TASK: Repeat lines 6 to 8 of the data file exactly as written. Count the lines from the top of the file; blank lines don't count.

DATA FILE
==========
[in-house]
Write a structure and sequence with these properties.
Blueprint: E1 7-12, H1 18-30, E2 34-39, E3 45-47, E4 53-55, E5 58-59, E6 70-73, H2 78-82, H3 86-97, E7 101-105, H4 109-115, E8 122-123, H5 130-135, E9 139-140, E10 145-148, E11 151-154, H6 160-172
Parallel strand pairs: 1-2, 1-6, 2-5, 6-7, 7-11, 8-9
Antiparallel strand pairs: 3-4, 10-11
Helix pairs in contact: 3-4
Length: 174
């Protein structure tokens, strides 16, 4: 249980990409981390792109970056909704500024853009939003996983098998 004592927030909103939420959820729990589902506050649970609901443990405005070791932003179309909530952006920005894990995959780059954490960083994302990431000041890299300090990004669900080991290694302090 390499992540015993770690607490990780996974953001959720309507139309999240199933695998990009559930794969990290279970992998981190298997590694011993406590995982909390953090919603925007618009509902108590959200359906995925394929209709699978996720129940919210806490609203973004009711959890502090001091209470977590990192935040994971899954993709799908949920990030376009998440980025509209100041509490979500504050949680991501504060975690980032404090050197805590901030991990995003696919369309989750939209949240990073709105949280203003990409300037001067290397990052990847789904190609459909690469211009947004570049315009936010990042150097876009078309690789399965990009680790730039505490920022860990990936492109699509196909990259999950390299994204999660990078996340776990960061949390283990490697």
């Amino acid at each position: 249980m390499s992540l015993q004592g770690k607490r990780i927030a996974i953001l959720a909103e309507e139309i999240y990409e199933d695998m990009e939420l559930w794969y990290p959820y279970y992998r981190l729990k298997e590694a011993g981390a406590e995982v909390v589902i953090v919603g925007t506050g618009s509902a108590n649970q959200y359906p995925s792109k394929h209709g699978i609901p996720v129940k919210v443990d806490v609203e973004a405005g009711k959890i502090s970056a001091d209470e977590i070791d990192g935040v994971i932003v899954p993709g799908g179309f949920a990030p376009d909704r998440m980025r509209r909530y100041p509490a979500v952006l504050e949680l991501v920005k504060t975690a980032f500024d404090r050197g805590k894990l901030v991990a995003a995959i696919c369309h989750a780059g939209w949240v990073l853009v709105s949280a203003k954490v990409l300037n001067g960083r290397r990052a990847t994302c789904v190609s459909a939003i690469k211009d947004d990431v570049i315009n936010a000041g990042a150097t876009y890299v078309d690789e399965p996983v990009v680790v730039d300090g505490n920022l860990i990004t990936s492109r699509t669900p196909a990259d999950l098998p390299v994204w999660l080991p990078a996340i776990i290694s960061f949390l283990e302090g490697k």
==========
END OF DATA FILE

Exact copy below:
Helix pairs in contact: 3-4
Length: 174
């Protein structure tokens, strides 16, 4: 249980990409981390792109970056909704500024853009939003996983098998 004592927030909103939420959820729990589902506050649970609901443990405005070791932003179309909530952006920005894990995959780059954490960083994302990431000041890299300090990004669900080991290694302090 390499992540015993770690607490990780996974953001959720309507139309999240199933695998990009559930794969990290279970992998981190298997590694011993406590995982909390953090919603925007618009509902108590959200359906995925394929209709699978996720129940919210806490609203973004009711959890502090001091209470977590990192935040994971899954993709799908949920990030376009998440980025509209100041509490979500504050949680991501504060975690980032404090050197805590901030991990995003696919369309989750939209949240990073709105949280203003990409300037001067290397990052990847789904190609459909690469211009947004570049315009936010990042150097876009078309690789399965990009680790730039505490920022860990990936492109699509196909990259999950390299994204999660990078996340776990960061949390283990490697």